Eli's Family Government
1 Samuel 3:13
For I have told him that I will judge his house for ever for the iniquity which he knows; because his sons made themselves vile…

1. In disorderly families it is likely that both parents and children will have to divide the blame.

2. When children grow up into vicious courses, it is wise for parents to try to change the temptations which injured them.

3. When God sends a warning, it will not do just to settle down into a discouraged apathy and consider it resignation.

4. In considering the matter of home government, we must remember that the children have some rights. No one principle is lodged in a boy's mind by nature more deeply than that of a strict and irrevocable justice.

5. Ideas are yet influential in the training of even the stubbornest of children and even the vainest. There is a power in family instruction, and parents are to teach their children what is right and honest and decent and of good report. It is folly to think that young people are without reflection. Perhaps the time will come in which people will cease foolishly to object that the hearts and habits of children ought to be allowed, especially in religious matters, to grow up unbiassed.

6. A proper measure of permissions should be mingled with the restrictions which the family sovereignty imposes. Those who are familiar with the autobiography of Goethe will perhaps recollect with what energy he exclaims, after recounting some painful frettings of parental discipline he himself endured, "If elderly persons wish to play the pedagogue properly, they should neither prohibit nor render disagreeable to a young man anything which gives him an innocent pleasure, of whatever kind it may be, unless at the same time they have something else to put in its place or can contrive a substitute."

7. The time for making impressions upon the minds and the hearts of the children comes much earlier than many parents seem to suppose.

8. When a direct conflict of authority is reached there can be no compromise. The story that Gambetta poked out one of his own eyes when a child, because his father would not permit him to do as he pleased, is perfectly true. What is not so generally known is that the elder Gambetta remained inflexible even after this appalling display of wilfulness. The boy was being educated at the Lycee of Cahors; and conceiving a dislike to the institution, asked to be removed from it. His father refused again and again. At last Leon said, "I will put out one of my eyes if you send me back to the Lycee." It was holiday time. "As you please," said the father, to whom it seems never to have occurred that his boy might have inherited his own strength of purpose. The same day Leon took, not a penknife, as the popular tradition has it, but an inkstand, which he dashed such violence against his eye as to destroy it. Shocked as was the elder Gambetta, he would not give in; and Leon returned to the Lycee. There could have been no other decision with such a lad. Better the loss of an eye than the victorious defiance of law.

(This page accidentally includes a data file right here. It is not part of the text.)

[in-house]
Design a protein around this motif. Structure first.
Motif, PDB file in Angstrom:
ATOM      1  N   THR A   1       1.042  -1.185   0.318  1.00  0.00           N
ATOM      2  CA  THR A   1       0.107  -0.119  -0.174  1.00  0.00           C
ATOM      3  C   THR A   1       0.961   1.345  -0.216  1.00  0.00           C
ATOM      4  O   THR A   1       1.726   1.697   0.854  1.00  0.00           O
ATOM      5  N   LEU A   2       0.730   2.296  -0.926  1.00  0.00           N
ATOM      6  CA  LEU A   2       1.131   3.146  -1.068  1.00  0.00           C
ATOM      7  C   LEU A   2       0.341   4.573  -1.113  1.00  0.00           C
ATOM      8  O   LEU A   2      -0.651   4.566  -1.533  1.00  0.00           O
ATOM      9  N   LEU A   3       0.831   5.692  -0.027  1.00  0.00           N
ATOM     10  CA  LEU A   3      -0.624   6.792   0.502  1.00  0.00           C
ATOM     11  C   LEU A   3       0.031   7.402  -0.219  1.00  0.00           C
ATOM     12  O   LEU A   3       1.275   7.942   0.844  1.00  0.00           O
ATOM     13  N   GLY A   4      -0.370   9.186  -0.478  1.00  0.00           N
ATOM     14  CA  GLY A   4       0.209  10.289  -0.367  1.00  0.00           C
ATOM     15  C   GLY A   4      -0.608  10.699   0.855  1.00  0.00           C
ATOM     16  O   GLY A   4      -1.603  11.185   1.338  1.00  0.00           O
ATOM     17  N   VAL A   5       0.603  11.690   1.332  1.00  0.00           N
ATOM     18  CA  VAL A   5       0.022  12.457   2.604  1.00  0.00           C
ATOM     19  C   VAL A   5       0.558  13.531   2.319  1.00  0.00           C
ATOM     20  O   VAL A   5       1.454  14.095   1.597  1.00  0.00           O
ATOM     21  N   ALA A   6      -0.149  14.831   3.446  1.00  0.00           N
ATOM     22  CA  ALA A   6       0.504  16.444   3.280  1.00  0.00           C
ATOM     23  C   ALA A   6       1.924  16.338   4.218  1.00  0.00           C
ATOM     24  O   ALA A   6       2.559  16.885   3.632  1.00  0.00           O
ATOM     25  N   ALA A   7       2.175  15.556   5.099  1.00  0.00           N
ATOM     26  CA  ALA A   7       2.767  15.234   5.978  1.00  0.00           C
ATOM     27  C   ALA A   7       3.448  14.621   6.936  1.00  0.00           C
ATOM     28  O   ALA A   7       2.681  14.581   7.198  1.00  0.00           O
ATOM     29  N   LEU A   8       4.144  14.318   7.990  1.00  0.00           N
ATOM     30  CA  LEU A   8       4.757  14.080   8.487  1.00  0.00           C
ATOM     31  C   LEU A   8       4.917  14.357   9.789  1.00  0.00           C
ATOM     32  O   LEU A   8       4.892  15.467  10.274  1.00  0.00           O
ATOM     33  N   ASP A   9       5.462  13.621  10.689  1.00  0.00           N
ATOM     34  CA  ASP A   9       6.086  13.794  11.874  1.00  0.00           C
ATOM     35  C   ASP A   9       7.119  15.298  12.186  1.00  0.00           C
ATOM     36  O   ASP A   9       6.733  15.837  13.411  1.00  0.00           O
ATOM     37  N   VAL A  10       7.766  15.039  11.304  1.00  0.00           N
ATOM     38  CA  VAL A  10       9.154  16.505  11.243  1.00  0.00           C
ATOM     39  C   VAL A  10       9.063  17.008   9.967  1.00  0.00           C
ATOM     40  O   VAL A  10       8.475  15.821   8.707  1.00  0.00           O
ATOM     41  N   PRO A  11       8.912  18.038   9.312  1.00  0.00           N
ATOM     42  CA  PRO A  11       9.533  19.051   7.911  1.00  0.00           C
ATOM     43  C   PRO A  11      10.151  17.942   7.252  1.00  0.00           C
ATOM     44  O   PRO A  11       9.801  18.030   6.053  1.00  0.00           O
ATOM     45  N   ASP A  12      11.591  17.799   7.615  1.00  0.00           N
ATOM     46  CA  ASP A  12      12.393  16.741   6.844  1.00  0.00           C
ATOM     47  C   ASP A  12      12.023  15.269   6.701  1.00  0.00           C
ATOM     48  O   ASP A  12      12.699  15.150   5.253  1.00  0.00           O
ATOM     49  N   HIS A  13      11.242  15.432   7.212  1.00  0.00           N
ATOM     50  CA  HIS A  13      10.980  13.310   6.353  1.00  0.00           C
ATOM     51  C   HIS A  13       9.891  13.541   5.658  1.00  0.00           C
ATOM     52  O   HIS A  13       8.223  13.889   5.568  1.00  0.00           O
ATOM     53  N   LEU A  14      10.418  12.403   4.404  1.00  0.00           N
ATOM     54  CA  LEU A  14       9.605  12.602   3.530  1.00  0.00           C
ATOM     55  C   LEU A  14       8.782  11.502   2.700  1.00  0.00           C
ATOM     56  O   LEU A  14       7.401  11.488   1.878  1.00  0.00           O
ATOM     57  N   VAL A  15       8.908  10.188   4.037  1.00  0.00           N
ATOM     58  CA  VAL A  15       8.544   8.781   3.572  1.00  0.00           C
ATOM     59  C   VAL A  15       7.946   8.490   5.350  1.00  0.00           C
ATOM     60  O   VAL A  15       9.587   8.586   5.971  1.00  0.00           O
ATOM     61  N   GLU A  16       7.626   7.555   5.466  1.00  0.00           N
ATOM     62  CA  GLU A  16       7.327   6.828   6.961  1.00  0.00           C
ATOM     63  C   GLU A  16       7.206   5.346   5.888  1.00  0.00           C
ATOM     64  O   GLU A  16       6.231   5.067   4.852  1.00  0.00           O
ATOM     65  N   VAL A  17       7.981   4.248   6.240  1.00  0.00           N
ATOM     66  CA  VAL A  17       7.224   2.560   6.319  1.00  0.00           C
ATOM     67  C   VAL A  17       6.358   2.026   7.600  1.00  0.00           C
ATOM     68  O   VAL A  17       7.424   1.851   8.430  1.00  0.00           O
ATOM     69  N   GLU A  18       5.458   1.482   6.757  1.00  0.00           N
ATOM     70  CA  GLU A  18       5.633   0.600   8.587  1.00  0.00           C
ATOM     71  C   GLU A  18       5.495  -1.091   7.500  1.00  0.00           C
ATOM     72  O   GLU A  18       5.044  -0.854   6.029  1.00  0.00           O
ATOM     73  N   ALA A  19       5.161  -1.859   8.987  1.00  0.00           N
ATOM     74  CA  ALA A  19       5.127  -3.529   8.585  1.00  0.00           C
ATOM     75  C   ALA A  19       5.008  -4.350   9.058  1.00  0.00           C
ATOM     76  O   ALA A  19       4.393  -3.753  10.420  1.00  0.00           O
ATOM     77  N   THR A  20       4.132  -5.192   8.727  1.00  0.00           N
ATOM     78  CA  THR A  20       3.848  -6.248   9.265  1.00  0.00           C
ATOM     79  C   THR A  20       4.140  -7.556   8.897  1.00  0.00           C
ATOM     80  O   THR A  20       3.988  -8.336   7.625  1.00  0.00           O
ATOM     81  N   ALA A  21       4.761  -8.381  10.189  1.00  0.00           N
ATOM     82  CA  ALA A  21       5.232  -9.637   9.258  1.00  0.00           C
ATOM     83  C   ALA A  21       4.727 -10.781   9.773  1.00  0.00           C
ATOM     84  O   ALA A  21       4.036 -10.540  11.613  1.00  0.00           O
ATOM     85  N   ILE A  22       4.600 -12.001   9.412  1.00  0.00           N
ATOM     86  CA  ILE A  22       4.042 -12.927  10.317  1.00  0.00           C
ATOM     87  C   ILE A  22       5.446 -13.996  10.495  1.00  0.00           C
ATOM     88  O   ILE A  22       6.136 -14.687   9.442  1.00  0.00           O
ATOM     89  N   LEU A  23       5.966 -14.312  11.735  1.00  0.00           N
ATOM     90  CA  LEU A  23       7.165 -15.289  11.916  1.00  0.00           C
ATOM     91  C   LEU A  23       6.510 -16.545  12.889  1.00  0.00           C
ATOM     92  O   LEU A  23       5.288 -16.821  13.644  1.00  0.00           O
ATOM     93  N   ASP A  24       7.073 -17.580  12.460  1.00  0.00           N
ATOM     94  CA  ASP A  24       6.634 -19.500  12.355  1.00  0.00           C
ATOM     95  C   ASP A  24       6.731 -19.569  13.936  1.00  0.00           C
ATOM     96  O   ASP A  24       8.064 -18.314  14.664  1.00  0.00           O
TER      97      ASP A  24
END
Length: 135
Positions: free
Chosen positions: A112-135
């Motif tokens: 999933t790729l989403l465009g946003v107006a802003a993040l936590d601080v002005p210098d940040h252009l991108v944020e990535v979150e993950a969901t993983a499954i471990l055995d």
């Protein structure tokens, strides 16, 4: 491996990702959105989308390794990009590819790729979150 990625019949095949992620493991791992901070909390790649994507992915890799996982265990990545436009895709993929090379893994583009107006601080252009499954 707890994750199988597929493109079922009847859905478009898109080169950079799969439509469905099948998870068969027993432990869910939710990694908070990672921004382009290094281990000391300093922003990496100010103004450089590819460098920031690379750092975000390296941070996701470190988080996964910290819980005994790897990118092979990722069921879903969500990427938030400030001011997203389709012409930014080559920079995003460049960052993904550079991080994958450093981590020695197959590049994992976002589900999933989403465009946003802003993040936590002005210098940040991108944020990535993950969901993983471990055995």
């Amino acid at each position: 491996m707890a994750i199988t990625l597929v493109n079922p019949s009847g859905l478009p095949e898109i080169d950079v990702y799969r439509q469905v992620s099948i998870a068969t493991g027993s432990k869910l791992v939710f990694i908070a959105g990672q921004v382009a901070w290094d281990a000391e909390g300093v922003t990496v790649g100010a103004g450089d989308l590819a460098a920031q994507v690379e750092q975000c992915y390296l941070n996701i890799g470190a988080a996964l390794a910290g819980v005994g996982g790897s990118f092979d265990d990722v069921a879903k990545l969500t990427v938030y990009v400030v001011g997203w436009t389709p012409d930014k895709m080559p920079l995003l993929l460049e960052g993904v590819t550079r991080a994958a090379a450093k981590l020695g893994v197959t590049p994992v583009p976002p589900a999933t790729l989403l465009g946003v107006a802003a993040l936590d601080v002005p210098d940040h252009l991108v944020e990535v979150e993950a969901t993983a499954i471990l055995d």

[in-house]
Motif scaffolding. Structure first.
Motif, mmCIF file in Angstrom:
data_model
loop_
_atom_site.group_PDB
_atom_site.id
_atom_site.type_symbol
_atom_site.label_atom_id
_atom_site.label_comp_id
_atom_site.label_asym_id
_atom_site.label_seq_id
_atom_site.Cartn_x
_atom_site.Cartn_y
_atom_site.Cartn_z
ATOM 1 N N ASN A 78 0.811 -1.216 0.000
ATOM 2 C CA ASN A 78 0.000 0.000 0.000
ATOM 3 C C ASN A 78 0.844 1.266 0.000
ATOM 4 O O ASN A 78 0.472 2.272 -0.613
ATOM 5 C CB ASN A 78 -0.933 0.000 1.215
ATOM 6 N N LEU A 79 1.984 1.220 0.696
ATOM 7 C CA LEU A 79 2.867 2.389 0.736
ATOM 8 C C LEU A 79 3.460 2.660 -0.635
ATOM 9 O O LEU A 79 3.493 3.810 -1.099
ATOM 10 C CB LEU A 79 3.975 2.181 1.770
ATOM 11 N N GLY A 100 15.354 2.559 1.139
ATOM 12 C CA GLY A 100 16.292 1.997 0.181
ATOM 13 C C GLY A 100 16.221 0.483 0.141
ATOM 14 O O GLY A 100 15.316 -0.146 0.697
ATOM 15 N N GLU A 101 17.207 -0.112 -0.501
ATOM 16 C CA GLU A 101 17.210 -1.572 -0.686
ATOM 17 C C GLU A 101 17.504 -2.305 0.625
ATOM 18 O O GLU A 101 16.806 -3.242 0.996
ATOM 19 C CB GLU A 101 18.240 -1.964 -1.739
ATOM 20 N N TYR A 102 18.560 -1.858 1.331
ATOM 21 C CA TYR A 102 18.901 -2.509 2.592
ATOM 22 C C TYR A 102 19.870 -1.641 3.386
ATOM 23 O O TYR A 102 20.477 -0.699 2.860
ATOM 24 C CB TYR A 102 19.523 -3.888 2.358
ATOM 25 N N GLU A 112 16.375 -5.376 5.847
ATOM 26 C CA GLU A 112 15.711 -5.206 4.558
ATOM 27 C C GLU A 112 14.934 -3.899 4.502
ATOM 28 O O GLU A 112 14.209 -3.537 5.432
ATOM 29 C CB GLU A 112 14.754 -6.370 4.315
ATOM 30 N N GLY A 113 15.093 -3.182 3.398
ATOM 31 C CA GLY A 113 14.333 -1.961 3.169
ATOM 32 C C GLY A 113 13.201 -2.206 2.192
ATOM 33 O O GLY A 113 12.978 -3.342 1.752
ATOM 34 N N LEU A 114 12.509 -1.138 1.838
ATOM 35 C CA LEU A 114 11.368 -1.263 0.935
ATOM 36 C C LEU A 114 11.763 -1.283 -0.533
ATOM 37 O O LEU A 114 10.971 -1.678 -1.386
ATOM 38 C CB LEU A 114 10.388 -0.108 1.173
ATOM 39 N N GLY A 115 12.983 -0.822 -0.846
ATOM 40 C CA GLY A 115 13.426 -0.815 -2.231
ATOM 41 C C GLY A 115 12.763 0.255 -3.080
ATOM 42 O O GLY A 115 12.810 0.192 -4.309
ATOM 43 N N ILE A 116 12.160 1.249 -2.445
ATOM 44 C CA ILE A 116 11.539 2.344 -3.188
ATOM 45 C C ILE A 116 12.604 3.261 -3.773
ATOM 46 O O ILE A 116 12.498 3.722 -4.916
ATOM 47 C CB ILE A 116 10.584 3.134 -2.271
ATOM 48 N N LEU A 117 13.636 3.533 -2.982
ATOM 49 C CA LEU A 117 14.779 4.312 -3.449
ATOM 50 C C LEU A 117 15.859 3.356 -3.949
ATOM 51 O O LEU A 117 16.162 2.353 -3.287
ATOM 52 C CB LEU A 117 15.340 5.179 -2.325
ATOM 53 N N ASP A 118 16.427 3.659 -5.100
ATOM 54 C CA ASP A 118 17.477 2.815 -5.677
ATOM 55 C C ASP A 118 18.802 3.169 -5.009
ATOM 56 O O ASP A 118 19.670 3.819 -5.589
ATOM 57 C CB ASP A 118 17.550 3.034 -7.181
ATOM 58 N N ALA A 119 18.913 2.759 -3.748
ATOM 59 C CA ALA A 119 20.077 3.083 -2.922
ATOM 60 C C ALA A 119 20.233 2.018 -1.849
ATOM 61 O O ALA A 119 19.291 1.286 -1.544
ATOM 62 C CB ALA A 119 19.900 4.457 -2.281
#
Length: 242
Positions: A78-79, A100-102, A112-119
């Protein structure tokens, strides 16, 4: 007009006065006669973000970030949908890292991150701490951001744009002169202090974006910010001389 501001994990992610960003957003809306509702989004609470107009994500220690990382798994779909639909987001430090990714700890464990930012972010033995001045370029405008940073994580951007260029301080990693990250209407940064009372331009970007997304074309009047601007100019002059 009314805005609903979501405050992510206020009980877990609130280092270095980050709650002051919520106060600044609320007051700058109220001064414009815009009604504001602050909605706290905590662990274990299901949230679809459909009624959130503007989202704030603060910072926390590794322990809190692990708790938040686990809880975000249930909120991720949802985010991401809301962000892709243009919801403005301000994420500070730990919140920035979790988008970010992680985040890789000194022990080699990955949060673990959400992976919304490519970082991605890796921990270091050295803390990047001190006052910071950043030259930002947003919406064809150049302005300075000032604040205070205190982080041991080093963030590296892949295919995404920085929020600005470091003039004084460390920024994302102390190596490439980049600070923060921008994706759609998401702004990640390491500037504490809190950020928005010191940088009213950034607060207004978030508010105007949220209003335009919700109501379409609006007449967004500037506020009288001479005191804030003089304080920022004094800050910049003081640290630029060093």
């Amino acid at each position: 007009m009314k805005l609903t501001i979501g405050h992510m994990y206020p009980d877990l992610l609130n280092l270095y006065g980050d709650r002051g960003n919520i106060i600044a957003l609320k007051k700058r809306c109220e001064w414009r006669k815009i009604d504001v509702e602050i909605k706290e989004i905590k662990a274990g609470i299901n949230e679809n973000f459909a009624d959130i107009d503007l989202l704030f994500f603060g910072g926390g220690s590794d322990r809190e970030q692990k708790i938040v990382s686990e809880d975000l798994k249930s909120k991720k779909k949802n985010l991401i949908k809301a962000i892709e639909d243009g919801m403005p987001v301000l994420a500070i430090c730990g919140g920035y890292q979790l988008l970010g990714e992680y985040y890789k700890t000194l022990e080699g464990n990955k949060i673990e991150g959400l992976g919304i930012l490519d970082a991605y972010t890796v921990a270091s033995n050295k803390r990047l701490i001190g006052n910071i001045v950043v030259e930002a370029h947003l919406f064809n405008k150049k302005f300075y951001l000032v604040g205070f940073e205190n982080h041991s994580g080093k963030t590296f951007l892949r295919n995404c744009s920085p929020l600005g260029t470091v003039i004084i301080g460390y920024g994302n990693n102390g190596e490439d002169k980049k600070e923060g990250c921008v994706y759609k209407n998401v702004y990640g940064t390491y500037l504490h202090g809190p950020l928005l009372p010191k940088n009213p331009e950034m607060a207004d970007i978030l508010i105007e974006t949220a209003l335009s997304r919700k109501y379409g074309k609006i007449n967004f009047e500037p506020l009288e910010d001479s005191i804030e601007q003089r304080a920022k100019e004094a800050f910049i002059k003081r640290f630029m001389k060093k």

9. Prayer for help every instant is the one necessity for all success in family government. The devil of misrule is one of those evil spirits which cannot be cast out otherwise.

(C. S. Robinson, D. D.)

Parallel Verses
KJV: For I have told him that I will judge his house for ever for the iniquity which he knoweth; because his sons made themselves vile, and he restrained them not.

WEB: For I have told him that I will judge his house forever, for the iniquity which he knew, because his sons brought a curse on themselves, and he didn't restrain them.

Eli: a Warning to Parents
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